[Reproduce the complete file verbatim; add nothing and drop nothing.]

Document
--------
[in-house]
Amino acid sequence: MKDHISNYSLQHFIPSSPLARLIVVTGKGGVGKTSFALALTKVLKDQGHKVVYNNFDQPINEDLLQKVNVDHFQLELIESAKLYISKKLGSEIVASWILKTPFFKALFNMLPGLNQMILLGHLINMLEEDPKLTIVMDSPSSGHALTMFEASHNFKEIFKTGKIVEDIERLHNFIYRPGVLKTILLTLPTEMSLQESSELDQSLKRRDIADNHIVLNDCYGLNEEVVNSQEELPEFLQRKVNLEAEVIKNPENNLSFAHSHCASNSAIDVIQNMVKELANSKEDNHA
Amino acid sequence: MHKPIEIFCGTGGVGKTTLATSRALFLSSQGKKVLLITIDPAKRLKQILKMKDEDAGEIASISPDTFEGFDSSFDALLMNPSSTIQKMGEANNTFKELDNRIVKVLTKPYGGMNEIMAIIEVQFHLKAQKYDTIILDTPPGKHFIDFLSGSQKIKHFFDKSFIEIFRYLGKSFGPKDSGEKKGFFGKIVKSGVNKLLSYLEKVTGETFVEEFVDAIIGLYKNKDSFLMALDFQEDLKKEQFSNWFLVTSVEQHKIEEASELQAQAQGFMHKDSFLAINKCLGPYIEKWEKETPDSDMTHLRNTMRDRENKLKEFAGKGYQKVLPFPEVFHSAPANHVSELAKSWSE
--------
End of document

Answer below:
[in-house]
Amino acid sequence: MKDHISNYSLQHFIPSSPLARLIVVTGKGGVGKTSFALALTKVLKDQGHKVVYNNFDQPINEDLLQKVNVDHFQLELIESAKLYISKKLGSEIVASWILKTPFFKALFNMLPGLNQMILLGHLINMLEEDPKLTIVMDSPSSGHALTMFEASHNFKEIFKTGKIVEDIERLHNFIYRPGVLKTILLTLPTEMSLQESSELDQSLKRRDIADNHIVLNDCYGLNEEVVNSQEELPEFLQRKVNLEAEVIKNPENNLSFAHSHCASNSAIDVIQNMVKELANSKEDNHA
Amino acid sequence: MHKPIEIFCGTGGVGKTTLATSRALFLSSQGKKVLLITIDPAKRLKQILKMKDEDAGEIASISPDTFEGFDSSFDALLMNPSSTIQKMGEANNTFKELDNRIVKVLTKPYGGMNEIMAIIEVQFHLKAQKYDTIILDTPPGKHFIDFLSGSQKIKHFFDKSFIEIFRYLGKSFGPKDSGEKKGFFGKIVKSGVNKLLSYLEKVTGETFVEEFVDAIIGLYKNKDSFLMALDFQEDLKKEQFSNWFLVTSVEQHKIEEASELQAQAQGFMHKDSFLAINKCLGPYIEKWEKETPDSDMTHLRNTMRDRENKLKEFAGKGYQKVLPFPEVFHSAPANHVSELAKSWSE